Should we take him at his word?

Thursday our president said, “I don’t bluff.” later on that same day at one of four fund raisers held in Wall Street he said this: “But I promised you, but I promised you, I promised you back then that I would always tell you what I believe. I would always tell you where I stood.”

There is good reason to believe Obummer on this, at least in some areas. For instance,

He promised to bankrupt anyone who dared to build a new coal-powered energy plant (San Francisco, January, 2008)

His soon-to-be Energy Secretary, Steven Chu, promised to raise gasoline prices to European levels. (September, 2008, interview with the WSJ)

He vowed to ” ‘invest’ $15 billion a year in alternative energy projects and create 5 million new ‘green jobs’ “. The money was spent (the jobs creation part evaporated,but let’s blame Bush for that).

He promised “one million electric cars on our roads by 2015.”

He promised to repeal the Bush era tax cuts (2008 campaign).

Obama hasn’t lived up to his word, yet, on many of these threats but he seems to be gearing up to run for another four years in office when, without the threat of an election defeat that would toss him from office (and wouldn’t the Chief Vacationer be pissed off at that!), he’ll be free to try again. I believe him.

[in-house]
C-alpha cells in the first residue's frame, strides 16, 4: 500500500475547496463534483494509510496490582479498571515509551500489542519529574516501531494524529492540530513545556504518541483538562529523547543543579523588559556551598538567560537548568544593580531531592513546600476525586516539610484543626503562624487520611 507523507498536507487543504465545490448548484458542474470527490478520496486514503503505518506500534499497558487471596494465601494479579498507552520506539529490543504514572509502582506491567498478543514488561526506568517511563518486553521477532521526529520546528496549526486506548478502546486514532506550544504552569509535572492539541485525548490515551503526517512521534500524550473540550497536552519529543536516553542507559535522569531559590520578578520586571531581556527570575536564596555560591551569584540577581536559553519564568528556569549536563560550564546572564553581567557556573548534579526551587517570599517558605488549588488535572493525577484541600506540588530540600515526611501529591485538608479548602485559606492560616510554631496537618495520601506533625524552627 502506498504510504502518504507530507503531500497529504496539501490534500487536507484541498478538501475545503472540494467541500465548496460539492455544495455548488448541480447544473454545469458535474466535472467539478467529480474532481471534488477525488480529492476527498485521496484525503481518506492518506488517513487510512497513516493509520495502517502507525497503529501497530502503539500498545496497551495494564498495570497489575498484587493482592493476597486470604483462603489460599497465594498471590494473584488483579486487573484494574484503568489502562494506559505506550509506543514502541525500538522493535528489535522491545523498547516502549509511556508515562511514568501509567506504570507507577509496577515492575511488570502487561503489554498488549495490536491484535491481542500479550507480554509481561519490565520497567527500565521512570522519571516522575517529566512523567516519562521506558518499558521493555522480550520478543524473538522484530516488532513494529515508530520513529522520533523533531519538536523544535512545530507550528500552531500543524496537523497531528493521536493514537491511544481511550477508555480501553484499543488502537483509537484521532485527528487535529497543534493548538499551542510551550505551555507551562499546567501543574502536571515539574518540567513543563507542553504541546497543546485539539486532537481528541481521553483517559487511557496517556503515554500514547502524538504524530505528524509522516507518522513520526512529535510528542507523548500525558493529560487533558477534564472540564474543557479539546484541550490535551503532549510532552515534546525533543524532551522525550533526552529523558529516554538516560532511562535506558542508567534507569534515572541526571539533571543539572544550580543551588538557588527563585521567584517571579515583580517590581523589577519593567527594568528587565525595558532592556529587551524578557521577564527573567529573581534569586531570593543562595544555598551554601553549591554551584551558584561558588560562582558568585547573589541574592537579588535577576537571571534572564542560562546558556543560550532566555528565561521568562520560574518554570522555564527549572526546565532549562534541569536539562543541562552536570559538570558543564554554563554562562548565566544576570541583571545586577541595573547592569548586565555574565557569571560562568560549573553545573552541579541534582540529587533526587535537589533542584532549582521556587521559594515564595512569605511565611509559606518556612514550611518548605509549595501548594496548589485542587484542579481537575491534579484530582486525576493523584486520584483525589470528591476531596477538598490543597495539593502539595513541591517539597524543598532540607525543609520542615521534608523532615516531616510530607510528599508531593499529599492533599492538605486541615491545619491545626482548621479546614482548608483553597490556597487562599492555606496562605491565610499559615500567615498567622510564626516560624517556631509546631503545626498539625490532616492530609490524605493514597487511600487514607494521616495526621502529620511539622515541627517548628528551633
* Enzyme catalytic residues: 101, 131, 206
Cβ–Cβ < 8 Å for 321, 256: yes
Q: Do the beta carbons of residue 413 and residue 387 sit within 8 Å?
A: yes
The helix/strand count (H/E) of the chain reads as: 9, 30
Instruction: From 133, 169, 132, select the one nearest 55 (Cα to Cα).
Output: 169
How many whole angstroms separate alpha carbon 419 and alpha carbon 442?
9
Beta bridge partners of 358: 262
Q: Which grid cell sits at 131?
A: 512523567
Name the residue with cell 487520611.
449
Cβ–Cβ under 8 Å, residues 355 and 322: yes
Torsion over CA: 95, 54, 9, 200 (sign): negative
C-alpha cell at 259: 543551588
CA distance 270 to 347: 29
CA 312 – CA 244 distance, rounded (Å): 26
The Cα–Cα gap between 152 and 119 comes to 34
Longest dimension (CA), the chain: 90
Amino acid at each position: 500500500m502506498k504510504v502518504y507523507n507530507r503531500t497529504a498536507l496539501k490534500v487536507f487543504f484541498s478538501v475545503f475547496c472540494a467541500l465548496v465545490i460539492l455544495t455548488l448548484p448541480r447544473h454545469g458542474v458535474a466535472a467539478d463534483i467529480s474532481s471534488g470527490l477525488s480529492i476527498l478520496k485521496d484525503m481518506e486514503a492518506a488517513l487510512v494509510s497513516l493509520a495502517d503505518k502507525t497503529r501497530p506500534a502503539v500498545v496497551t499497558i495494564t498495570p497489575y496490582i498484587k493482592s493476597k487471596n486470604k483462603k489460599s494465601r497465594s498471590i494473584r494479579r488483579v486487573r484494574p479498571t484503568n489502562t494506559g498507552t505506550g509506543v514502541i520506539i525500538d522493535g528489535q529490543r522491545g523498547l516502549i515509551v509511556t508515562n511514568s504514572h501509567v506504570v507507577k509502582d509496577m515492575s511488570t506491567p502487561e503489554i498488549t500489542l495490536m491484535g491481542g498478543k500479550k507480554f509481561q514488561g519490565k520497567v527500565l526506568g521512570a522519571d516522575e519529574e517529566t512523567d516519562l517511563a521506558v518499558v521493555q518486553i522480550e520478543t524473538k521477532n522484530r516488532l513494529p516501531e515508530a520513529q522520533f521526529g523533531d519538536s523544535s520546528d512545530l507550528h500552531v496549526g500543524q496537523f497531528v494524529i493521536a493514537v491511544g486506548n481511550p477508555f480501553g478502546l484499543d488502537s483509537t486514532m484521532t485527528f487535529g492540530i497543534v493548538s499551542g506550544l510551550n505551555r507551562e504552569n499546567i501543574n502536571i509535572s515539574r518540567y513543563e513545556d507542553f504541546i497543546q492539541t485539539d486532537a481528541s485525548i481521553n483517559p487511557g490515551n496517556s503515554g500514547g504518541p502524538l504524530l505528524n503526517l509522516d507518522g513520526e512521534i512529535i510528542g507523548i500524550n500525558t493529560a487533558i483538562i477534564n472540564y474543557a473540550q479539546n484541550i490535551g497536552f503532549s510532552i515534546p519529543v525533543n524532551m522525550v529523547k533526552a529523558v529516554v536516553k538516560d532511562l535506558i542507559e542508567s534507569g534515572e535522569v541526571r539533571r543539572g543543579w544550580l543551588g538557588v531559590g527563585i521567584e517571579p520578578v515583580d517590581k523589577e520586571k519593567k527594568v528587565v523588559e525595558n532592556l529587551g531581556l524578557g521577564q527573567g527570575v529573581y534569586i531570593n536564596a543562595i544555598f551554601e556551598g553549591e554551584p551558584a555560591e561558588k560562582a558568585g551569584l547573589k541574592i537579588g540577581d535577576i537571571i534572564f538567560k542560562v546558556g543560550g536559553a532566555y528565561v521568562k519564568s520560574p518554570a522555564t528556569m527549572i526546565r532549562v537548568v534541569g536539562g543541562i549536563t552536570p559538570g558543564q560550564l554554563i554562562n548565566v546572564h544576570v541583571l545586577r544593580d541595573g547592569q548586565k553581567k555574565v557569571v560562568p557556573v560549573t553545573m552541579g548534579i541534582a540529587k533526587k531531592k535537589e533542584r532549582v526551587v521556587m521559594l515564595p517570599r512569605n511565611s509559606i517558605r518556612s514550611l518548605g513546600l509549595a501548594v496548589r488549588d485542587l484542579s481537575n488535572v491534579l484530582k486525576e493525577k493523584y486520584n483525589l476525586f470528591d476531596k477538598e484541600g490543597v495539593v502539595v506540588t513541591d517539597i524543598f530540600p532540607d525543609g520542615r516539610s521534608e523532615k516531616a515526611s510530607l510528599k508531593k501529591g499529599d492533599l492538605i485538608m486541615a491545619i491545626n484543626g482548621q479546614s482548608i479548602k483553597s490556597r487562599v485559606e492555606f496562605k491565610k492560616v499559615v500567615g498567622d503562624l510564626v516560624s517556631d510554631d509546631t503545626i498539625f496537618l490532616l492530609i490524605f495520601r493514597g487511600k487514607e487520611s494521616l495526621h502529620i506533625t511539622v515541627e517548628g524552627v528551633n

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One response to “Should we take him at his word?

  1. Balzac

    The Obama campaign hits out personally at the Koch brothers: “Cynical… emphasis on rolling back environmental protections and blocking a clean energy economy appears to be nothing more than an effort to promote the corporate interests of your employers and others who lavishly, and secretly, fund its operations. …Koch Industries has enriched itself by keeping oil off the market, storing it in offshore tankers and waiting to cash in when the cost of oil rises. The Koch brothers have also been vocal critics of the administration’s investments in clean energy alternatives. Our energy strategy cannot be set by what’s best for the pocketbooks of politically-connected oil and gas executives.”
    But on the topic of Sandra Fluke, Georgetown Law activist for subsidized birth control: Obama, said Jay Carney, Press Secretary, felt that, “the kinds of personal attacks that have been directed her way have been inappropriate. The fact that our political discourse has been debased in many ways is bad enough,” he added. “It’s even worse when it is directed at a private citizen who is simply expressing her views about public policy.”

    No liberal hypocrisy there……….